One answer lies in the POS system. A smarter, more responsive, up-to-date POS system that can not only bring additional revenues to your establishment but also keep your employees happy — whether they take orders over the phone or provide table service. Let’s take a look.
1. Accept tips, if you don’t already.
Consumers know how hard it is to work in the service industry these days. According to a recent survey by restaurant technology company Popmenu, just over half of customers tip their servers 20 percent or more, and 1 in 5 tip over 25 percent. Higher tips are for sure a way to encourage servers to return.
However, the tipping situation at QSR/fast-casual restaurants is all over the map. I’m continually shocked that some restaurants in this category still do not accept tips. Tipping at restaurants in this category is now the norm and a must.
According to the New York Times, in 2019, 48.5% of customers left tips in cafes, and 46.5% of customers left tips in fast-casual restaurants. Indeed, people do believe in tipping, even in restaurants without table service. These tips would go directly in your employees’ pockets.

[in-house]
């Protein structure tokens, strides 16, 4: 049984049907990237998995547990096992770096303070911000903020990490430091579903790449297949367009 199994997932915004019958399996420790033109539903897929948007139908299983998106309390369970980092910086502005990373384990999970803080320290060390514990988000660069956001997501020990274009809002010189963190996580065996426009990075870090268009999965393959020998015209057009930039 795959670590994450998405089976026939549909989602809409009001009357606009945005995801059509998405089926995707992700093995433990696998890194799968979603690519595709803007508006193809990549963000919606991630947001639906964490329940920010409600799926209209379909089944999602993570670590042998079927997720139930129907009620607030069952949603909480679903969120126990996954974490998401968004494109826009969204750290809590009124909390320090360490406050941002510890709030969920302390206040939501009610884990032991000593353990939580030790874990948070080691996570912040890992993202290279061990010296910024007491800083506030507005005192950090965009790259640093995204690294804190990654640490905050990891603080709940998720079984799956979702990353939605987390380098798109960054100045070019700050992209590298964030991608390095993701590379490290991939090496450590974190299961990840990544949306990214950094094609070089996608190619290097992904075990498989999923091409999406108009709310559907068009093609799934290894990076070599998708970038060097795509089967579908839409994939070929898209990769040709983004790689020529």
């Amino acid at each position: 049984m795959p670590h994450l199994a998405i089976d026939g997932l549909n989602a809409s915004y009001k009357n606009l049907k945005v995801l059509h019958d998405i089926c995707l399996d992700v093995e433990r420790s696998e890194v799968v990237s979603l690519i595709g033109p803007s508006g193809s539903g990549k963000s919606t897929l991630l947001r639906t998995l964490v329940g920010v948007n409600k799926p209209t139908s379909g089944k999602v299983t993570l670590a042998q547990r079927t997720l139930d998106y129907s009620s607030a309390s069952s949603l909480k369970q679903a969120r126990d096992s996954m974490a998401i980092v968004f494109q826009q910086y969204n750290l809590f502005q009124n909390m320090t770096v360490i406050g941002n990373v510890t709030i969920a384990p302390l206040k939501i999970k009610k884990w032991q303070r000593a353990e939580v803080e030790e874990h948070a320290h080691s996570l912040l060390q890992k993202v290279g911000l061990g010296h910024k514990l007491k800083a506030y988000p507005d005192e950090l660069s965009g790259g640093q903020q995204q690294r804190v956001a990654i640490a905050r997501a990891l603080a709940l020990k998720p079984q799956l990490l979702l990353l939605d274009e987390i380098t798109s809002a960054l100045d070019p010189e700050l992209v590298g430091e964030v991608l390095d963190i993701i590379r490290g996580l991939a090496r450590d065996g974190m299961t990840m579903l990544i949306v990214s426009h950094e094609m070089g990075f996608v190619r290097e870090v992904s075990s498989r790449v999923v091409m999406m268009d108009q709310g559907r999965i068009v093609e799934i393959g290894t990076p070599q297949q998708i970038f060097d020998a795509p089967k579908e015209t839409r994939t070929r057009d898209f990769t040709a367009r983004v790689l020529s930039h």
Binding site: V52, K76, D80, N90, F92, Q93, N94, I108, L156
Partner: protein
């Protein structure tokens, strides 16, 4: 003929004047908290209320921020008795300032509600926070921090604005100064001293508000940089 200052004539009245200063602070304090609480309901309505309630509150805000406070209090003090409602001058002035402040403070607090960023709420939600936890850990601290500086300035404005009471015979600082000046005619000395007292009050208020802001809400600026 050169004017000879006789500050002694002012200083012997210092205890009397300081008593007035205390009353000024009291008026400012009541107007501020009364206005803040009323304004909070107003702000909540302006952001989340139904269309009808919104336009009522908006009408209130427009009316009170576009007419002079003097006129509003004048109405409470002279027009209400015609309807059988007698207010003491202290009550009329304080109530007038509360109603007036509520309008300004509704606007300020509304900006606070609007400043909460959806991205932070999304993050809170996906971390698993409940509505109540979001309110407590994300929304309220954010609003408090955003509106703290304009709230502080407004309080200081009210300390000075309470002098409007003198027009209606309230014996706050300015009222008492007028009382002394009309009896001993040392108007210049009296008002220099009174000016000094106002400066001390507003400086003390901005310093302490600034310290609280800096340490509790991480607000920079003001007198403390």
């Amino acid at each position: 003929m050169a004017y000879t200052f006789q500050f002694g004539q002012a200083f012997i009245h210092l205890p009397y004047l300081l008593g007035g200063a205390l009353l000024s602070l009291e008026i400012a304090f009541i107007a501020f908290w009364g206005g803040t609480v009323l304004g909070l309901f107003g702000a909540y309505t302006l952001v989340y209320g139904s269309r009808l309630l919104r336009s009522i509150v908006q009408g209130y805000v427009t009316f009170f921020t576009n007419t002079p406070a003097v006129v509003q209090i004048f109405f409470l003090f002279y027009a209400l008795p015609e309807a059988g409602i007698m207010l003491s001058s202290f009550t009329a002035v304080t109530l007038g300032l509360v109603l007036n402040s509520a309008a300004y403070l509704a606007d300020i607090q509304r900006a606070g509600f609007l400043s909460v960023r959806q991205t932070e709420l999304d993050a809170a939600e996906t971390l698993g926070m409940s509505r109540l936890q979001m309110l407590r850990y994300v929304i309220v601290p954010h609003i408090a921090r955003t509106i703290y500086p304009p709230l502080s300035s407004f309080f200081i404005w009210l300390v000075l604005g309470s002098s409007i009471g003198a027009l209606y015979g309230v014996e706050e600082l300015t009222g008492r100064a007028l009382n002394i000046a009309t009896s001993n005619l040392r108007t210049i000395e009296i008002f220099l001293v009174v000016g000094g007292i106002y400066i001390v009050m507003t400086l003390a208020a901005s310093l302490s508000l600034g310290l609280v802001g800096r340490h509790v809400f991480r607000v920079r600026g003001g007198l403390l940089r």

Make sure your processor has the tipping module turned on, and you’d be surprised how much your customers will leave in tips. Ideally this should be a simple call to your processor or POS provider if this isn’t already enabled.
2. Program for on-screen tip suggestions.
Once QSR/fast-casual restaurant owners realize the importance of asking for tips, the next step is to have smart tip capabilities enabled, such as tip on-screen or tip suggestions.
Automated buttons with tip suggestions are the way to go, and can increase tip amounts by upwards of 50%. The higher the better, of course, because this means more money for your employees. Make it easier for your customer to simply select from an on-screen option of “$1, $2, $3,” for example, and watch your overall tip amount skyrocket.
More tips equal happier staff. Happier staff and you should see less turnover.
According to the New York Times article on tipping cited above, the average tip for both cafes and fast-casual restaurants hovers around 17%, but this number can be increased with a smarter POS.
People can still select “No tip,” but you’d be surprised that even at QSR and fast-casual restaurants, people overwhelmingly leave tips, especially if you provide it as an easy on-screen option.
3. Adjust tip errors as they occur.